|Amended Civil Lawsuit Names Three Helena Diocese Catholic Priests As Sex Abusers, from Kosnoff Fasy Trial Lawyers & Advocates
October 26, 2011
HELENA, Mont., Oct. 26, 2011 /PRNewswire/ -- Today, an amended civil lawsuit filed by sex-abuse survivors against the Roman Catholic Diocese of Helena named three diocesan priests credibly accused as sexual abusers, discounting church officials' prior public assertions that no priests from their diocese have been directly at fault.
Wednesday's complaint named Rev. James Barry, Rev. Wilson F. Smart, and Rev. George Ferguson as alleged sex abusers working for the Helena diocese. The alleged sexual abuse of children took place from the 1950s through the 1970s.
Also of note: Wednesday's complaint added 44 new plaintiffs to 73 previously named plaintiffs, bringing the total number of plaintiffs to 117. This case was the civil lawsuit filed by sex-abuse survivors against the Helena diocese in September.
"Bishop George Leo Thomas's statements have reinforced what grand juries and other investigative commissions around the world have concluded: Catholic bishops owe their allegiance to the Vatican and place the church's self-interest above the safety of children," said Tim Kosnoff, a Seattle attorney and longtime advocate of sex-abuse victims.
"These cases needed to be turned over to police and local prosecutors to be investigated, and instead they were quietly buried."
Wednesday's amended complaint was filed in Montana First Judicial District Court of Lewis and Clark County in Helena. An unrelated filing from another attorney has also brought forth scores of additional claimants.
In recent weeks, Bishop Thomas of the Helena diocese has decried "inflammatory rhetoric and sweeping allegations" by plaintiffs' attorneys and has repeatedly stated that no diocesan priests have been at fault. Thomas has made these statements in op-ed articles in Helena and Great Falls newspapers and in press conferences held by his office.
Wednesday's court documents state that Rev. Ferguson ("Father Fergie"), a Helena diocesan priest, allegedly abused Mark Beringer as a child while he attended St. Anthony's Parish in Missoula.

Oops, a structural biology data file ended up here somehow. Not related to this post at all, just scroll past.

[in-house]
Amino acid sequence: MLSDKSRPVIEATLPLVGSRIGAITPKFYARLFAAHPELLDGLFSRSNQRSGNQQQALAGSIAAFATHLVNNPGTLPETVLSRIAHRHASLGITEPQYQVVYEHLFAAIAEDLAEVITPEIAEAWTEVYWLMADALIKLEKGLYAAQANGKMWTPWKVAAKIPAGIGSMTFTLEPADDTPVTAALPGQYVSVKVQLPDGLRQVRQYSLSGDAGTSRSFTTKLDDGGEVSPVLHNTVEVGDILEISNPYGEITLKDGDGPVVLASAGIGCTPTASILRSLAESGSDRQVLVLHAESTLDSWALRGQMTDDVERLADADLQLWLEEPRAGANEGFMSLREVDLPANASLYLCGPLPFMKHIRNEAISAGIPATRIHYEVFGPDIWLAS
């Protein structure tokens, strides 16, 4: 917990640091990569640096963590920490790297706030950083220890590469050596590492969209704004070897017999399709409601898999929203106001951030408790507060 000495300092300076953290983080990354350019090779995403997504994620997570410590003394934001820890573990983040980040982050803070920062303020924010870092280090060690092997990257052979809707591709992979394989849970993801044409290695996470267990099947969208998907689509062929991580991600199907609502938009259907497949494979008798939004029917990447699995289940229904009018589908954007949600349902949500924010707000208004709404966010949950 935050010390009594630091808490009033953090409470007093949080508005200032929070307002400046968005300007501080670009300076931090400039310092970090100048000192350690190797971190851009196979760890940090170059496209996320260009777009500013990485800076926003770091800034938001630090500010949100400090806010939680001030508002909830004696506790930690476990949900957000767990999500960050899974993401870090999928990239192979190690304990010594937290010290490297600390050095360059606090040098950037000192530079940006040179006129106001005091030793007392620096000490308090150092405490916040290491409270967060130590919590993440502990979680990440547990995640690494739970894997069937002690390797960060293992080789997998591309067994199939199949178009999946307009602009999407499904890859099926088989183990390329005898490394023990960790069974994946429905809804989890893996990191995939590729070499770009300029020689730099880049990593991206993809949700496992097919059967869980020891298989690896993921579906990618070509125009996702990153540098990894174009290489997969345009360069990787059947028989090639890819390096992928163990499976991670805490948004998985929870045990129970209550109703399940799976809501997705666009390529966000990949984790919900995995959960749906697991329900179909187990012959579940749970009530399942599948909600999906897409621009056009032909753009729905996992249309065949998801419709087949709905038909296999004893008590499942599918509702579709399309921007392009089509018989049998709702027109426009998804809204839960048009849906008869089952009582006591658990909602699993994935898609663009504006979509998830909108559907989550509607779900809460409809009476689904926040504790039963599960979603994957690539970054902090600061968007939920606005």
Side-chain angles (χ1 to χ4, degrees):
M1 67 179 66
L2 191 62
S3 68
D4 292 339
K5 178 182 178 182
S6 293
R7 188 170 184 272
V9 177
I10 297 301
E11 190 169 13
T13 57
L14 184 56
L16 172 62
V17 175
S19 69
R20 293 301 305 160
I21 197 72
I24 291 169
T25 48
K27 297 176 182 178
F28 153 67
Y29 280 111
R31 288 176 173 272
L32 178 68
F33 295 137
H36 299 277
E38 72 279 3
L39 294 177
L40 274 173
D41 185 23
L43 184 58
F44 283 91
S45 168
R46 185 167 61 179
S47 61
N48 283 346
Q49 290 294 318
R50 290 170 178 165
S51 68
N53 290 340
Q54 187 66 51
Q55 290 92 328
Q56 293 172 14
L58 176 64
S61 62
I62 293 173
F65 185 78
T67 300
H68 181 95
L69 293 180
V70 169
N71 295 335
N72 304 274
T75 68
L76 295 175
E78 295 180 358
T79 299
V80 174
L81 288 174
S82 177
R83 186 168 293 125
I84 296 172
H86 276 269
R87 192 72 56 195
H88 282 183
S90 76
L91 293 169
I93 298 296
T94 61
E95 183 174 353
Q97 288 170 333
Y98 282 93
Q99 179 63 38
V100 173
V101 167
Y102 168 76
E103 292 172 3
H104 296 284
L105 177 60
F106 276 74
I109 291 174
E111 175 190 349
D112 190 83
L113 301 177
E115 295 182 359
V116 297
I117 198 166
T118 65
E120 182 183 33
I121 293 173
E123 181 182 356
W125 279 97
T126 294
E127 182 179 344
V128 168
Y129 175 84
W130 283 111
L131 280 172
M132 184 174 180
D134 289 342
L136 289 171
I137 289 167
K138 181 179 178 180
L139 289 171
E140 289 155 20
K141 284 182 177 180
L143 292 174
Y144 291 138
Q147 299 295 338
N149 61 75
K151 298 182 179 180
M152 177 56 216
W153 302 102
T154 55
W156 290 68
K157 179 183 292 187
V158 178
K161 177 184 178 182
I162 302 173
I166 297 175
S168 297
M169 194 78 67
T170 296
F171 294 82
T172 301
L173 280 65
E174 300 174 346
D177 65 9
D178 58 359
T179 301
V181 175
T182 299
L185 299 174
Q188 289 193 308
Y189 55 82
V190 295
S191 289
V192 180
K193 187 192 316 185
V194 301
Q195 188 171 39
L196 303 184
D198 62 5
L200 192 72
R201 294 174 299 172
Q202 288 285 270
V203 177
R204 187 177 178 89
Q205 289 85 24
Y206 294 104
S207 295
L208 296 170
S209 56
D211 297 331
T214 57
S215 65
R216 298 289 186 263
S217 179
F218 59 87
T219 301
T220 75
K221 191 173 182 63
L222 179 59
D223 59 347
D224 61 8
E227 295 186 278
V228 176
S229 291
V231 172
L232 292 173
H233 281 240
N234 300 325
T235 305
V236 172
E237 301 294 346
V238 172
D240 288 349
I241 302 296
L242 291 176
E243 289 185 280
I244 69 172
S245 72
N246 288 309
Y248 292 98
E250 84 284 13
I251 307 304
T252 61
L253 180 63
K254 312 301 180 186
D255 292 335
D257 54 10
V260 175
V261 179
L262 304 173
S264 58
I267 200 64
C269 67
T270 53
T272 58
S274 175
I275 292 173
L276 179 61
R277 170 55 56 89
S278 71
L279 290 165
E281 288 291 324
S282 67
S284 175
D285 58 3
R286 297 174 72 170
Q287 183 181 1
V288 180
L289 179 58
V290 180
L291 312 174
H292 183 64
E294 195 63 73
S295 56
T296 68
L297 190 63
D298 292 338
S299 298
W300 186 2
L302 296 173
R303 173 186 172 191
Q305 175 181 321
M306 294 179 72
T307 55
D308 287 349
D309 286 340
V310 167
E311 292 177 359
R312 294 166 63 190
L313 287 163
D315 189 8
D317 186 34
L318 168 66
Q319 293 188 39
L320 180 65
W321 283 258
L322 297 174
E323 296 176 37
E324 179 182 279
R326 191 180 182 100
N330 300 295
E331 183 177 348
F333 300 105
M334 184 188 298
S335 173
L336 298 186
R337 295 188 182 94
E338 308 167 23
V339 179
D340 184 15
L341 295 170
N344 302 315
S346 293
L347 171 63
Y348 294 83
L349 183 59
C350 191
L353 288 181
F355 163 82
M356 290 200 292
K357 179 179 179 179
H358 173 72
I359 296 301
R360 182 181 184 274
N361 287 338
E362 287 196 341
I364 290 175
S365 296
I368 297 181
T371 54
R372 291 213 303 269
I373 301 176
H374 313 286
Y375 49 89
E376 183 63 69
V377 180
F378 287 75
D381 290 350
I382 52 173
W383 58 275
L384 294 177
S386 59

Meanwhile, Rev. Smart, a priest who worked throughout Montana at Catholic churches and schools, admitted in the 1990s that he had molested more than 30 boys from 1957-1978. Prior legal cases have revealed that diocese officials knew of Smart's attraction to boys as early as 1959; the former Helena diocese Bishop Eldon Francis Curtiss initially denied knowledge of Smart's activities but was later forced to admit in a deposition in the early 1990s that he had read Smart's file after an accuser came forward and that Smart was sent away for counseling in 1959. Smart was later returned to active ministry. In the early 1990s, the Diocese of Helena paid out $1.7 million to settle a sex-abuse claim made by a Smart victim.
Wednesday's court papers say "the Diocese represented to Plaintiffs, their parents and the general public that the Diocese provided a safe, religious, wholesome and protected environment for children," when, in fact, children were in danger.
Court papers say the sexual abuse of children took a variety of forms, including anal rape, forced fellatio, oral sex, digital and anal penetration, vaginal penetration, exhibitionism, fondling, forced masturbation and sexually motivated "washing."
Plaintiffs' attorneys also are seeking to hold the diocese accountable for priests and nuns from different orders, who were also alleged abusers. That's because under the law, the diocese is responsible for the actions of these clergy, regardless of where they were educated or ordained, court papers say.
Plaintiff law firms in this case include Dotsopolous, McDonald & Lind in Missoula, Montana, James Vernon & Weeks in Coeur d'Alene, Idaho, Kosnoff Fasy PLLC in Seattle, Wash., and the Law Office of Joseph A. Blumel in Spokane, Wash.
From the Plaintiffs' legal team:
Tim Kosnoff. For the past 15 years, Seattle attorney Tim Kosnoff has devoted his legal practice to advocating on behalf of sex-abuse victims. Kosnoff has successfully sued several Roman Catholic dioceses, the Church of Jesus Christ of Latter-day Saints and the Jesuit Province of the Pacific Northwest, holding abusers and their employers accountable. Kosnoff's four-year legal battle on behalf of Jeremiah Scott, a young man sexually abused by a Mormon church elder, is chronicled in the recently published book, "The Sins of Brother Curtis," by Lisa Davis (Simon & Schuster). Kosnoff won a $3 million settlement in that case. Kosnoff manages his own firm, Kosnoff Fasy, PLLC in Seattle, and is sought by attorneys nationwide to partner on cases.
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